Does this affect your opinion about seat belt laws? One response is that the law is fine, but people should drive as carefully as they did before (or more carefully!); then there would be fewer deaths. That's true, but if scolding motorists into new attitudes is a viable strategy, why do you need the seatbelt law in the first place? Surely you can just scold drivers into buckling up? When making new laws you can't simply will people to change their behavior in ways you find desirable.

Should seat belts still be compulsory?

who, whom?

Since I started blogging I've become more aware of the crapness of my writing. I read a book about punctuation (!) and I take more of an interest in grammar (Tracy seems to have learned a lot that I somehow missed out on).

So, anyway here's what Harry Hutton has to say about the who/whom controversy:
Simon writes:
"Harry I think you'll find there's a push to stop using "whom" at all... if I find the link I'll let you know."

Harry replies:
"Get stuffed. Who?s the fucking English teacher around here, me or you? Most Australians couldn't distinguish a subject pronoun, an object pronoun and a poke in the eye with a fucking lump of wood.
Made me laugh.


Suppose you woke up to discover someone else was "plugged" into you. You didn't agree to this, it just happened. He's a stranger, but otherwise just a regular guy. The trouble is that he is completely dependent on you to survive, if you unplug him, he'll die. If he doesn't bother you at all then it's just weird, you can't unplug him. If his presence is demanding but you can cope if you try then it still seems harsh to unplug him. But surely there is comes a point, before his presence threatens your life where you can justifiably pull the plug, he can't expect you to devote your entire existence and all your resources to keeping him alive can he? I don't know what the answer is but I wouldn't consider it murder.

This thought experiment is for people who think abortion is either murder, or not, ever. It's how I normally think of it but even if you incline to the murder side, things might not be so clear, especially in the case of rape victims.

"He is the worst rubbish there is."

Jesus. Over the last couple of years I've been impressed by how little sniping there is between the top tennis players. Everybody except for Leyton Hewitt is normally pretty graceful in defeat and makes sane comments about the other players. This is in start contrast to just about every other sport, including snooker and chess.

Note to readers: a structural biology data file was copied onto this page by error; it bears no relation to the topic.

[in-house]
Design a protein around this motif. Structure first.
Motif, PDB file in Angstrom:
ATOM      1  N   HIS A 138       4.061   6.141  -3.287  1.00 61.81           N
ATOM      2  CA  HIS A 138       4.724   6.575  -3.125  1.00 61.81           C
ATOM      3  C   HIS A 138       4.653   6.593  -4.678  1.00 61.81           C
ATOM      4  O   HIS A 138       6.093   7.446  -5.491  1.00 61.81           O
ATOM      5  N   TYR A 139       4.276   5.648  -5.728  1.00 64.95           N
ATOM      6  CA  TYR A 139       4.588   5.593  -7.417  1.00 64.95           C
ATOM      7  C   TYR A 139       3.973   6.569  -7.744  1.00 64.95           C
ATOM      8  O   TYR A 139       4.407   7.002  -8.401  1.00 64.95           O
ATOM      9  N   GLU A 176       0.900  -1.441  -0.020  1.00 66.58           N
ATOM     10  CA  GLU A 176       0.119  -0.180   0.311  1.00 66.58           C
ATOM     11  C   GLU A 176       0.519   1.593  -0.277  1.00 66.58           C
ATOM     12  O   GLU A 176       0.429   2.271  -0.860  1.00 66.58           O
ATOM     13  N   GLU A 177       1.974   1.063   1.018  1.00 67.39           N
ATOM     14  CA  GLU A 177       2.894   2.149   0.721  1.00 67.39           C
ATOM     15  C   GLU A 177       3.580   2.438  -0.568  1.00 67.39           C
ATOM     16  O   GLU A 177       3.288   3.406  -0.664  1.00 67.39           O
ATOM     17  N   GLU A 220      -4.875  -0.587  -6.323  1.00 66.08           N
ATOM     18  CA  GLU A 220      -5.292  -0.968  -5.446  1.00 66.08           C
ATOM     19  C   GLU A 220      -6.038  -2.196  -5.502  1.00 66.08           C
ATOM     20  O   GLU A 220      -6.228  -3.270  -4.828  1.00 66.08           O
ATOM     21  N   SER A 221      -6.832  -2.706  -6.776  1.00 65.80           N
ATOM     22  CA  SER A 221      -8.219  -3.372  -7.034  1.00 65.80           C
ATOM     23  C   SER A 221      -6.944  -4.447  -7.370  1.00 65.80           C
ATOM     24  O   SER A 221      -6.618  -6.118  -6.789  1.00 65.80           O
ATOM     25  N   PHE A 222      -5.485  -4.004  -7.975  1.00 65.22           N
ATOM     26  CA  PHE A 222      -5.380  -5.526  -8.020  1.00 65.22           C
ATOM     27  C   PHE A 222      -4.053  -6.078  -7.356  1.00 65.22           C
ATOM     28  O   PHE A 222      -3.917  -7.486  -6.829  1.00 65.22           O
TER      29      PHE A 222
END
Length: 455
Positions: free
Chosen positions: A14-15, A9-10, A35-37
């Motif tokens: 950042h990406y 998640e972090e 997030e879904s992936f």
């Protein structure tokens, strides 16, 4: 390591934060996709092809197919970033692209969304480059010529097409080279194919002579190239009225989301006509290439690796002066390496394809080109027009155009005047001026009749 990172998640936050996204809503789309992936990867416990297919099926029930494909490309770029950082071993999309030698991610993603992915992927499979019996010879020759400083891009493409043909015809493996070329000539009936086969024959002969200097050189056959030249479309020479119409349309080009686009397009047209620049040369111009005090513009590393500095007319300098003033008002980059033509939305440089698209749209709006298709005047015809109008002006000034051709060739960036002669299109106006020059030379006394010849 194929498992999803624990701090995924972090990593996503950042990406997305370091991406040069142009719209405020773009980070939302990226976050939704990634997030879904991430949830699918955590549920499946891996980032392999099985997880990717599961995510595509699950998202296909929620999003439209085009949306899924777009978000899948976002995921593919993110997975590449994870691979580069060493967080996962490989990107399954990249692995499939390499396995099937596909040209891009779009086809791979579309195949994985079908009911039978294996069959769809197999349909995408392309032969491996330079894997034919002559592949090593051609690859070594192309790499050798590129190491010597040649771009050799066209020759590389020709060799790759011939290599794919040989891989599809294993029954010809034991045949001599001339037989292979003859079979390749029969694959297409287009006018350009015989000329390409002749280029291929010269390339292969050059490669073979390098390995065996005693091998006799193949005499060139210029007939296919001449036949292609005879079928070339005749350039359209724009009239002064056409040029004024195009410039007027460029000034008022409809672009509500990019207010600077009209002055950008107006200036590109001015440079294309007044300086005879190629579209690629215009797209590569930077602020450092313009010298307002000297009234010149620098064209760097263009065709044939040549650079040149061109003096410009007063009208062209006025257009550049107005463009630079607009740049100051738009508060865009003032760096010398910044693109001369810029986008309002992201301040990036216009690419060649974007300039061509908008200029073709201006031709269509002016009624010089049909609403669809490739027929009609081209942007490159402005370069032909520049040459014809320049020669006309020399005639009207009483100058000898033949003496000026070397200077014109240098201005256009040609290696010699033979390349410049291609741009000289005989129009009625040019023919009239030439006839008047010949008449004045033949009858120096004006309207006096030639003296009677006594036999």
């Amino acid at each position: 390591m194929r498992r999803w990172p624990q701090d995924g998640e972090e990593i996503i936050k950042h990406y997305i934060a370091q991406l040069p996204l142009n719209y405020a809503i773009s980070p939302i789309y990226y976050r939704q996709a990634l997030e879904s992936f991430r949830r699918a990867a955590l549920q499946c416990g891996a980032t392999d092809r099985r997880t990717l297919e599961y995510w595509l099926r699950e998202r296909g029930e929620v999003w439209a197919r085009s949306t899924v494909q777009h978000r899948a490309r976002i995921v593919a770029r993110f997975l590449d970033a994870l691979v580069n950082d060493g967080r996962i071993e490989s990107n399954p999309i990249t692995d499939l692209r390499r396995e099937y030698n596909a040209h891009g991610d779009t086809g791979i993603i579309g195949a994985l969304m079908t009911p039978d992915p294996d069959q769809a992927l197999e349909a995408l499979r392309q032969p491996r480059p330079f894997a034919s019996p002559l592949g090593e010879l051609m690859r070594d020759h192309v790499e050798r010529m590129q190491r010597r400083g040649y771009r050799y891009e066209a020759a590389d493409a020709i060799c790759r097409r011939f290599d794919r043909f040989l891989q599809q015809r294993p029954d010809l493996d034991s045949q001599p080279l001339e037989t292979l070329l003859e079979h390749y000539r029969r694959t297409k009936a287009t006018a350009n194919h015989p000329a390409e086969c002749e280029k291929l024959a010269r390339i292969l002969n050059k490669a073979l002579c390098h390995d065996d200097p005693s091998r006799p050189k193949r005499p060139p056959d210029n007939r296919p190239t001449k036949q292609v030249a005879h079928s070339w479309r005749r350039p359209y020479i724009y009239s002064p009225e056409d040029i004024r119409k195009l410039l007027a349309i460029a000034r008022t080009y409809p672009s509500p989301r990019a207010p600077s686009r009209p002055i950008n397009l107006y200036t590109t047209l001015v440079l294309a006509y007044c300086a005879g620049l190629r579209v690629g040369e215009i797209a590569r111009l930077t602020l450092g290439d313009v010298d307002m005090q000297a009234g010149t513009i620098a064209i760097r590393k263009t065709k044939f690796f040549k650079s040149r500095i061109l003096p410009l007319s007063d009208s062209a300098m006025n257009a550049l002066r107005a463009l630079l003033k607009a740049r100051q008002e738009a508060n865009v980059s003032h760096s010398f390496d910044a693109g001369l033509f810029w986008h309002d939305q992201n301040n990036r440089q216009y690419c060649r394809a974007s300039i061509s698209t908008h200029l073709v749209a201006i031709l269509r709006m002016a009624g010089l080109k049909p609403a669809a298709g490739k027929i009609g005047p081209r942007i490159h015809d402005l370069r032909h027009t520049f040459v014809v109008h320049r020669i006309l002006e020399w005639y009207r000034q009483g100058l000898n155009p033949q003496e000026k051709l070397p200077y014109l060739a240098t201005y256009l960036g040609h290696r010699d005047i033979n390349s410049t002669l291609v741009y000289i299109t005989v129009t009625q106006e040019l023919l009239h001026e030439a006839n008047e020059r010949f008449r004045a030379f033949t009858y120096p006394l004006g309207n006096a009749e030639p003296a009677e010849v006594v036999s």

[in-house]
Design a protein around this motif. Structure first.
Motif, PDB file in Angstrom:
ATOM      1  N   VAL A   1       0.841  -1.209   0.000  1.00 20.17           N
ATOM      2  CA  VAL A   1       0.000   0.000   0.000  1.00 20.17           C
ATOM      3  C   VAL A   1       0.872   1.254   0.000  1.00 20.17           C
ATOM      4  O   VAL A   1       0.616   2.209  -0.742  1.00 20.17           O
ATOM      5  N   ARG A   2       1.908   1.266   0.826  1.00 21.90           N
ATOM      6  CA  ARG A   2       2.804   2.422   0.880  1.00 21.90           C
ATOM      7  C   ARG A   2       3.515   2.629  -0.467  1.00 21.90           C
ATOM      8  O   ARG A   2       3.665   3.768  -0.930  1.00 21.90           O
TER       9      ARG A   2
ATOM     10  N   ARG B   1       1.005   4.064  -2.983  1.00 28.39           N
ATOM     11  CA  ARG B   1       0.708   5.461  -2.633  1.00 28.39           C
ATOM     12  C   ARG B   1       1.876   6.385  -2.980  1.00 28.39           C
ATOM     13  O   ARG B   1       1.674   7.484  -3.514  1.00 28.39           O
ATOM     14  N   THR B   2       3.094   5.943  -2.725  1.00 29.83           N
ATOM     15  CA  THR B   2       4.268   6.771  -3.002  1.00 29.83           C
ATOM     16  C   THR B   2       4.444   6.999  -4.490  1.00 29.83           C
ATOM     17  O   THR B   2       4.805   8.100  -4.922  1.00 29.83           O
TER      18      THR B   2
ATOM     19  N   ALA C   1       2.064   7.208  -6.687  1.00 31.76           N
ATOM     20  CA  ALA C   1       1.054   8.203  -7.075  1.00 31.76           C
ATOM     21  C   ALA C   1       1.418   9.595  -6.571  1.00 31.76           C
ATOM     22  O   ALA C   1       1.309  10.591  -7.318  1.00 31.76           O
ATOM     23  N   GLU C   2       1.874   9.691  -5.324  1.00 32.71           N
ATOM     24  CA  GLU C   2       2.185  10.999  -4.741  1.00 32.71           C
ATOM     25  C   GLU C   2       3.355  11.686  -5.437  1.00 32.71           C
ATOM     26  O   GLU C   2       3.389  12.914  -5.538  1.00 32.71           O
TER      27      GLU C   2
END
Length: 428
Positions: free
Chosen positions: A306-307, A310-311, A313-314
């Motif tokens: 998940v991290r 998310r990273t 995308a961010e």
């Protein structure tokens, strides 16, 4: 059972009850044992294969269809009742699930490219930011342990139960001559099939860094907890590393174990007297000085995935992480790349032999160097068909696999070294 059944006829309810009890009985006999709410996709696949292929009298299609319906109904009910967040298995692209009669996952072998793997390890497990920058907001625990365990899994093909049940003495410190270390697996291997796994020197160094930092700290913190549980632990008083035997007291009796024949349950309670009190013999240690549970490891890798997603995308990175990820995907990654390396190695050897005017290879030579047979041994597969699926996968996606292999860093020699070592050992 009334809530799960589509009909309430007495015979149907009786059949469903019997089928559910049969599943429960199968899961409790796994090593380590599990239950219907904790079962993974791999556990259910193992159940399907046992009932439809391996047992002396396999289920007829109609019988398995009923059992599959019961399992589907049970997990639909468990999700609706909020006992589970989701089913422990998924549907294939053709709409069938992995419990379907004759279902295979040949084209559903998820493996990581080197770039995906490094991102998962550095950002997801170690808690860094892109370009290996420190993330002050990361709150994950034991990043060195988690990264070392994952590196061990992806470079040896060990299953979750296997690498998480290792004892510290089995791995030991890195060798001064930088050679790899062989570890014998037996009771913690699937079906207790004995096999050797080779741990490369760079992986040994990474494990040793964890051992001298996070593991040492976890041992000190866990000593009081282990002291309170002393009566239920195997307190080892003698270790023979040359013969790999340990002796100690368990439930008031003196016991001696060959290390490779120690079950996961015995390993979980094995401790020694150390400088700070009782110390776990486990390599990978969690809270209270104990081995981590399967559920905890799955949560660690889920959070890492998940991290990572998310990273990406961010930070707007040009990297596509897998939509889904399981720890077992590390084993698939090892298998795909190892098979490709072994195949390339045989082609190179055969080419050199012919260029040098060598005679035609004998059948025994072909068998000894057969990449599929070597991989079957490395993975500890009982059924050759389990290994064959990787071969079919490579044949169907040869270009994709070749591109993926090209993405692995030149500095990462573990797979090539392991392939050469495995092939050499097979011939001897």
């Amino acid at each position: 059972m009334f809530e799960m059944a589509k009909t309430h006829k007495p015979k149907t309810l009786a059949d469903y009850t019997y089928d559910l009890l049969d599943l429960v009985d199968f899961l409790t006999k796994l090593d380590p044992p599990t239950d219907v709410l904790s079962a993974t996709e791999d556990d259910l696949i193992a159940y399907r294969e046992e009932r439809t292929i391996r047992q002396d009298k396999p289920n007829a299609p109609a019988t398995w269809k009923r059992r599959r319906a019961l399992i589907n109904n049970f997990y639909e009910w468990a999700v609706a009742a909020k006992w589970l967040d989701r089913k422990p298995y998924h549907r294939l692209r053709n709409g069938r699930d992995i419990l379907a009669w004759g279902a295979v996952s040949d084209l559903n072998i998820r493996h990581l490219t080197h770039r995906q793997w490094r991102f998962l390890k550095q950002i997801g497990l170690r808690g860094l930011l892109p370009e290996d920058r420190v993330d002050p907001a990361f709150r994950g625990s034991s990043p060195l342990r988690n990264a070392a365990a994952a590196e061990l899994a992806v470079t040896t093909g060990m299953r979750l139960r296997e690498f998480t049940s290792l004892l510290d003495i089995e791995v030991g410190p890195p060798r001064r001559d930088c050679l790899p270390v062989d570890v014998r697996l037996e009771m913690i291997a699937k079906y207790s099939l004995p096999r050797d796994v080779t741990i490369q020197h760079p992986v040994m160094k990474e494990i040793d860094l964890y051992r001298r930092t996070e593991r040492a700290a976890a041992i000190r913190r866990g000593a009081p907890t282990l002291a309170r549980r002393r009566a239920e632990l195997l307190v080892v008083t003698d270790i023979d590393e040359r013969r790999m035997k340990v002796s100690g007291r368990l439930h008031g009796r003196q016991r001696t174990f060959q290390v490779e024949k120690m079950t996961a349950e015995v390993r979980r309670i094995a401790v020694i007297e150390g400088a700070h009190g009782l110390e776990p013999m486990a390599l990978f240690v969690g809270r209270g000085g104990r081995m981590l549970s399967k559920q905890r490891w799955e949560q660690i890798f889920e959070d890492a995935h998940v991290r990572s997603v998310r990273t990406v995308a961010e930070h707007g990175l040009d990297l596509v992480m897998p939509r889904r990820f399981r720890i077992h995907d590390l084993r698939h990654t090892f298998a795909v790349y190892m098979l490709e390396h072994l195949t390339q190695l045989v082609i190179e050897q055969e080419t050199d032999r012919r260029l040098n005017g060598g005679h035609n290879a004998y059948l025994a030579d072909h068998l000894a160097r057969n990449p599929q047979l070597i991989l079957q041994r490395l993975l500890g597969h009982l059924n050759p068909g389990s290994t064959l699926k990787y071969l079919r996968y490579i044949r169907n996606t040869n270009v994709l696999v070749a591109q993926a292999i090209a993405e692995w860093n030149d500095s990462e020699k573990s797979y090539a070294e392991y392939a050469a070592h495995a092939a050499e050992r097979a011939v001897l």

I guess David Nalbandian can be scratched off the list of nice guys:
All this selling himself as a gentleman is not true. He is the worst rubbish there is.

Thursday, October 19, 2006

teachers are not underpaid

Well, some are, but my guess is that most teachers (in South Africa at least) are overpaid. But that's just a guess, I could be wrong, any suggestions on how to find out?

If there were a free market in education I think most teachers would be paid more, but they would also teach differently, and probably different stuff.

Wednesday, October 18, 2006


Am I unlucky? Do other people dodge? Do other people get hit and then keep quiet? Do other people get hit but don't notice? What?!

Tuesday, October 17, 2006

veils and burkas

There's been a ruckus over veils in England recently. Jack Straw says he doesn't like them. So what? I donno, strange days.


People should be able to wear whatever they want, including swastikas and Che Guevara T-shirts.

That doesn't mean that organizations (including government ones) can't have dress codes. A private company should be able to ban veils if it wants, but I don't have any views about what government policy should be generally. I have reservations about teachers wearing veils though. It makes a statement about gender relations, it says, "As a man you are incapable of seeing me as a person if you see my face". Maybe that's true for some men (a lot of things are true of some men), but I think it's a dubious message to send kids. Of course veils are fine in private schools.

Steven Pinker claims that one of the reasons we have such big brains is because we got into an arms race with other humans trying to deceive each other and trying to detect deceit. Much of this involves facial expressions. We have a special bit of our brain just for recognizing human faces, nothing else. It makes sense for people feel uneasy talking to someone behind a veil, part of it is just biological.

Women who like wearing veils often say that they want to be treated by the content of their ideas not the prettiness of their face. They don't want to be objectified; fair enough, but by wearing a veil or burka you take away what makes you look human. Instead of being a sexual object, you become much more like an inanimate object, talk about objectification! But anyway, I think it's pretty weird to think that men are so sexually affected by seeing a woman's face. If this is true, maybe women really are to blame for their rape if they were wearing a short skirt or tight top.

All that said, what the hell is wrong with people not liking veils? Nobody minds if people dislike Americans.
I'm wearing a balaclava on campus today. I'm getting a lot of looks. People are so prejudiced.

Monday, October 16, 2006


They forced me to read about Marxism recently. It's actually quite funny how similar they are to libertarians in some ways. Marxists are concerned that the state uses education to indoctrinate children. Yes! They also believe that those in control use the media to regulate what we know. Again there is something in this many countries.